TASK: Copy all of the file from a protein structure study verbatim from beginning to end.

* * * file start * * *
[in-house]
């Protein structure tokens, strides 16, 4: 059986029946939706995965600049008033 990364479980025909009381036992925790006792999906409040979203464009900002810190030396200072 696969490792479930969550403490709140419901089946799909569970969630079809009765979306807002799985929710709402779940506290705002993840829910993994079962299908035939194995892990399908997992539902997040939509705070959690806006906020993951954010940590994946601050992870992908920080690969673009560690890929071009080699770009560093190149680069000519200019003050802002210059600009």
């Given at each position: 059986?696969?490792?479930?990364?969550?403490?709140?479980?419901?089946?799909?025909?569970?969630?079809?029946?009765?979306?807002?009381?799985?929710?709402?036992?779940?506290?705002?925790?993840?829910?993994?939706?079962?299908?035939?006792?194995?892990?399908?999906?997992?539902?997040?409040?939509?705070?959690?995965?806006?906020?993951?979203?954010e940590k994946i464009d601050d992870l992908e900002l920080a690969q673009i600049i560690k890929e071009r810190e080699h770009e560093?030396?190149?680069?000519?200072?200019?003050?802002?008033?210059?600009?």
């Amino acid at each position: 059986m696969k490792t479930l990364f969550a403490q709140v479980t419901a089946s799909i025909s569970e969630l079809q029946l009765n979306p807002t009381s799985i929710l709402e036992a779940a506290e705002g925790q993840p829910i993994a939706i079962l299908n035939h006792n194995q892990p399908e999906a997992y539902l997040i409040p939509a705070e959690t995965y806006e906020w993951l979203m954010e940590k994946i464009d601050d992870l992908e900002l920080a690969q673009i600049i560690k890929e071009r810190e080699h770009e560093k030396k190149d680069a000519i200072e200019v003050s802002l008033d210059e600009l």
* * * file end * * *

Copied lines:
[in-house]
């Protein structure tokens, strides 16, 4: 059986029946939706995965600049008033 990364479980025909009381036992925790006792999906409040979203464009900002810190030396200072 696969490792479930969550403490709140419901089946799909569970969630079809009765979306807002799985929710709402779940506290705002993840829910993994079962299908035939194995892990399908997992539902997040939509705070959690806006906020993951954010940590994946601050992870992908920080690969673009560690890929071009080699770009560093190149680069000519200019003050802002210059600009």
């Given at each position: 059986?696969?490792?479930?990364?969550?403490?709140?479980?419901?089946?799909?025909?569970?969630?079809?029946?009765?979306?807002?009381?799985?929710?709402?036992?779940?506290?705002?925790?993840?829910?993994?939706?079962?299908?035939?006792?194995?892990?399908?999906?997992?539902?997040?409040?939509?705070?959690?995965?806006?906020?993951?979203?954010e940590k994946i464009d601050d992870l992908e900002l920080a690969q673009i600049i560690k890929e071009r810190e080699h770009e560093?030396?190149?680069?000519?200072?200019?003050?802002?008033?210059?600009?």
């Amino acid at each position: 059986m696969k490792t479930l990364f969550a403490q709140v479980t419901a089946s799909i025909s569970e969630l079809q029946l009765n979306p807002t009381s799985i929710l709402e036992a779940a506290e705002g925790q993840p829910i993994a939706i079962l299908n035939h006792n194995q892990p399908e999906a997992y539902l997040i409040p939509a705070e959690t995965y806006e906020w993951l979203m954010e940590k994946i464009d601050d992870l992908e900002l920080a690969q673009i600049i560690k890929e071009r810190e080699h770009e560093k030396k190149d680069a000519i200072e200019v003050s802002l008033d210059e600009l």